Annals of the New York Academy of Sciences, 1991Co-Authors: Robert Blumenthal, Christian Schoch, Anu Puri, Michael J. ClagueAbstract:
increase in [Ca”] at the presynaptic nerve terminal sets a complex set of biochemical events in motion that finally terminates in the specific fusion of the membrane of the secretory vesicle with the plasma membrane.’ In studying the action of CaZ+ at the presynaptic terminal a distinction has to be made between processes that occur in the cytosol that result in the triggering of the fusion event, and the final membrane fusion event itself. Although specific fusogenic proteins have been postulated to mediate exocytotic membrane fusion, the molecular components of exocytotic membrane fusion machinery remain to be identified. Our own studies have focused on pH-regulated Viral fusion for which the participatory proteins have been identified.’ The first steps in infection of animal cells by Enveloped virus are binding and fusion of the cell and Viral membranes? Those events are mediated by Viral Envelope glycoproteins. Some virus strains infect cells by acid-activated fusion following endocytosis
Hanneke Schuitemaker - One of the best experts on this subject based on the ideXlab platform.
autologous neutralizing humoral immunity and evolution of the Viral Envelope in the course of subtype b human immunodeficiency virus type 1 infectionJournal of Virology, 2008Co-Authors: Evelien M. Bunnik, Linaida Pisas, Ad C Van Nuenen, Hanneke SchuitemakerAbstract:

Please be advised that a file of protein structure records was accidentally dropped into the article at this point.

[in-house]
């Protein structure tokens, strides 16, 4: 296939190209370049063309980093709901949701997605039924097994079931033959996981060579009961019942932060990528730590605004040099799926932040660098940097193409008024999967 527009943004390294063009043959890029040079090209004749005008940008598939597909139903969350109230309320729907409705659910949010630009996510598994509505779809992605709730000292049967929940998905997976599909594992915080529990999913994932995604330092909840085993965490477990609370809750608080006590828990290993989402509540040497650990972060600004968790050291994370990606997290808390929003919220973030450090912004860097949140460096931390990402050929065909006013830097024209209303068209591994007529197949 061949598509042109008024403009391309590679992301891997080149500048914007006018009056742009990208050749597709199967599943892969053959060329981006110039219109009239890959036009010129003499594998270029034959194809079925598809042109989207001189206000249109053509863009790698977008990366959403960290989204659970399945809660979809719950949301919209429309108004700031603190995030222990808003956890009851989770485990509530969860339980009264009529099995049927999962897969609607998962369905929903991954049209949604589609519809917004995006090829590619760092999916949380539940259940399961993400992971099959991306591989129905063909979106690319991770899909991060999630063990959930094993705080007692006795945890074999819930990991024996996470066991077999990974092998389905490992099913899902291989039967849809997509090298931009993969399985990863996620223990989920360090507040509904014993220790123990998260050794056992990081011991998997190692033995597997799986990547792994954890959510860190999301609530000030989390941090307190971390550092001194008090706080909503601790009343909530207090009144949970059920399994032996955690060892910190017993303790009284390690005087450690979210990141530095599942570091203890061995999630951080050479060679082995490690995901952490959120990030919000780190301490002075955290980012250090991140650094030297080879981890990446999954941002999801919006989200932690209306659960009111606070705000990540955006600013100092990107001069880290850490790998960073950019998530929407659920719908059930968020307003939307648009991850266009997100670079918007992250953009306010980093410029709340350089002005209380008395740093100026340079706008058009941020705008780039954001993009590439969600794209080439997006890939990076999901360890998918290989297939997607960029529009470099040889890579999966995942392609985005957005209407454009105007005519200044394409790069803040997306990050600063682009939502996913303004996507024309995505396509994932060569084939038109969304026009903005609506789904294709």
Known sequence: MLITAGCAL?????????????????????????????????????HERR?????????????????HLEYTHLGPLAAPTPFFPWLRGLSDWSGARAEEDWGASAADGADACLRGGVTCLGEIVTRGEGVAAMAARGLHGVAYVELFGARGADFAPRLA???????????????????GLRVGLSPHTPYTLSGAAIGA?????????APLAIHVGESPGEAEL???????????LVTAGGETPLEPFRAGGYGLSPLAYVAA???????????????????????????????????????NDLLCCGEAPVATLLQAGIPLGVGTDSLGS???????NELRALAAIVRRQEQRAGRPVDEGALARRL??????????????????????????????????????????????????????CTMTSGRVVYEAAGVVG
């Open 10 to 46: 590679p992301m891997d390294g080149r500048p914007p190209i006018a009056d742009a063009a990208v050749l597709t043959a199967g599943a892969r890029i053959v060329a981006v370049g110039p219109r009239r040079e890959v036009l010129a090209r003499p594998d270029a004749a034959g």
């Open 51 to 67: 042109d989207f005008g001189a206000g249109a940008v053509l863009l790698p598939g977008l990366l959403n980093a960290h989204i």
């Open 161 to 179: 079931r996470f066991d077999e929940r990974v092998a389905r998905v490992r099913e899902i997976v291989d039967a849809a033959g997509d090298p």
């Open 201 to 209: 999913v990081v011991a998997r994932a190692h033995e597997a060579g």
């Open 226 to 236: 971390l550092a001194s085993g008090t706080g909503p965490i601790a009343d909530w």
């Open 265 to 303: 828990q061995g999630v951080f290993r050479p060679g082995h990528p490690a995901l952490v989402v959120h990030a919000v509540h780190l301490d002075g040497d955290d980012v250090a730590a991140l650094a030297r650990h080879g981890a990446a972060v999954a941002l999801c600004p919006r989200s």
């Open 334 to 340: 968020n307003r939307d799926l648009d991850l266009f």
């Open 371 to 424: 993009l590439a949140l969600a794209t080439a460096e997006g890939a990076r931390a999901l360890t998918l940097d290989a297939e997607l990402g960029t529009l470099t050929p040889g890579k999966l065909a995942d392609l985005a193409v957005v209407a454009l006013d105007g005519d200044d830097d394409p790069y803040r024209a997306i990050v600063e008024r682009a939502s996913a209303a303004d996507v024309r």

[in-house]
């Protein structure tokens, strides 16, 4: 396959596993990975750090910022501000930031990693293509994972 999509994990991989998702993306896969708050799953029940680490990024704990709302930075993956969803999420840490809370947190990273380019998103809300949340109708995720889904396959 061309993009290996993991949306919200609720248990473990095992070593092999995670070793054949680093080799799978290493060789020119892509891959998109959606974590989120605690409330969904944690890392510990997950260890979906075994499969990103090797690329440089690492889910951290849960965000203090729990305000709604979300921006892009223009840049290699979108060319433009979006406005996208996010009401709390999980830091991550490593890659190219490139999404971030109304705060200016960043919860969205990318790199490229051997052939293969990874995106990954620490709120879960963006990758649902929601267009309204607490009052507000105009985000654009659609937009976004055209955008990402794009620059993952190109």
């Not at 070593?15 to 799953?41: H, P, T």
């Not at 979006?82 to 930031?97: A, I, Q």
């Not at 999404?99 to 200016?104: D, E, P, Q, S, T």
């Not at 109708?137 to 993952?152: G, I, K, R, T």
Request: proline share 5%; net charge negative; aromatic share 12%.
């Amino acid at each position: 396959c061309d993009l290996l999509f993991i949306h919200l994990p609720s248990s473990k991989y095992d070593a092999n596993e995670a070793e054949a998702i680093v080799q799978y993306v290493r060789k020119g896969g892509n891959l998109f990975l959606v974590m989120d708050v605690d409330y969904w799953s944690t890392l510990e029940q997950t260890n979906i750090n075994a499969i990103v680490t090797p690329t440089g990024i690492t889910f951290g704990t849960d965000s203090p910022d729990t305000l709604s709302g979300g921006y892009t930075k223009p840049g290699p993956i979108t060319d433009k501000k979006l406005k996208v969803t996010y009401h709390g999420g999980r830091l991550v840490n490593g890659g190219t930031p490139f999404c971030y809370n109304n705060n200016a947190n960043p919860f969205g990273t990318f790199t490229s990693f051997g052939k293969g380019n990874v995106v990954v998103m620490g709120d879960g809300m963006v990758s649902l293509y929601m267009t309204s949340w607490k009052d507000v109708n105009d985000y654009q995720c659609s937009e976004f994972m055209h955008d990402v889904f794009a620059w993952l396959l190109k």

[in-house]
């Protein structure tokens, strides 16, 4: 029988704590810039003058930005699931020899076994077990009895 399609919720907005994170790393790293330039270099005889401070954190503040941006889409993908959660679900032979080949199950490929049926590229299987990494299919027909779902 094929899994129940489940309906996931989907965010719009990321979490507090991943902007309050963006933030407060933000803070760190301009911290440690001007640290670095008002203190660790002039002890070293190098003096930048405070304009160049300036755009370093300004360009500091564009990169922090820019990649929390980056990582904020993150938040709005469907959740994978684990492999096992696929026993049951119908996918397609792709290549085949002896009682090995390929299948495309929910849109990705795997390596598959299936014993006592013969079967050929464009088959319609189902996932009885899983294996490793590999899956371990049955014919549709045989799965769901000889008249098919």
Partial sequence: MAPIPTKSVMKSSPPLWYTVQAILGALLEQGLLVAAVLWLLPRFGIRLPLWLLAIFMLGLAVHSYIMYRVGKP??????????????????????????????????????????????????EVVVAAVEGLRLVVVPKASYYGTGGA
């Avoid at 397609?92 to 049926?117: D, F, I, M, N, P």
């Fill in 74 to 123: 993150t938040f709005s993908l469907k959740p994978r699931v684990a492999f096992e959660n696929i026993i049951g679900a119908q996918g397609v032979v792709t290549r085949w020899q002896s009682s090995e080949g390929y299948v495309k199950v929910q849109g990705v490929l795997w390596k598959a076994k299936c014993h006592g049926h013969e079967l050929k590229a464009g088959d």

Most human immunodeficiency virus type 1 (HIV-1)-infected individuals develop an HIV-specific neutralizing antibody (NAb) response that selects for escape variants of the virus. Here, we studied autologous NAb responses in five typical CCR5-using progressors in relation to Viral NAb escape and molecular changes in the Viral Envelope (Env) in the period from seroconversion until after AIDS diagnosis. In sera from three patients, high-titer neutralizing activity was observed against the earliest autologous virus variants, followed by declining humoral immune responses against subsequent Viral escape variants. Autologous neutralizing activity was undetectable in sera from two patients. Patients with high-titer neutralizing activity in serum showed the strongest positive selection pressure on Env early in infection. In the initial phase of infection, gp160 length and the number of potential N-linked glycosylation sites (PNGS) increased in viruses from all patients. Over the course of infection, positive selection pressure declined as the NAb response subsided, coinciding with reversions of changes in gp160 length and the number of PNGS. A number of identical amino acid changes were observed over the course of infection in the Viral quasispecies of different patients. Our results indicate that although neutralizing autologous humoral immunity may have a limited effect on the disease course, it is an important selection pressure in virus evolution early in infection, while declining HIV-specific humoral immunity in later stages may coincide with reversion of NAb-driven changes in Env.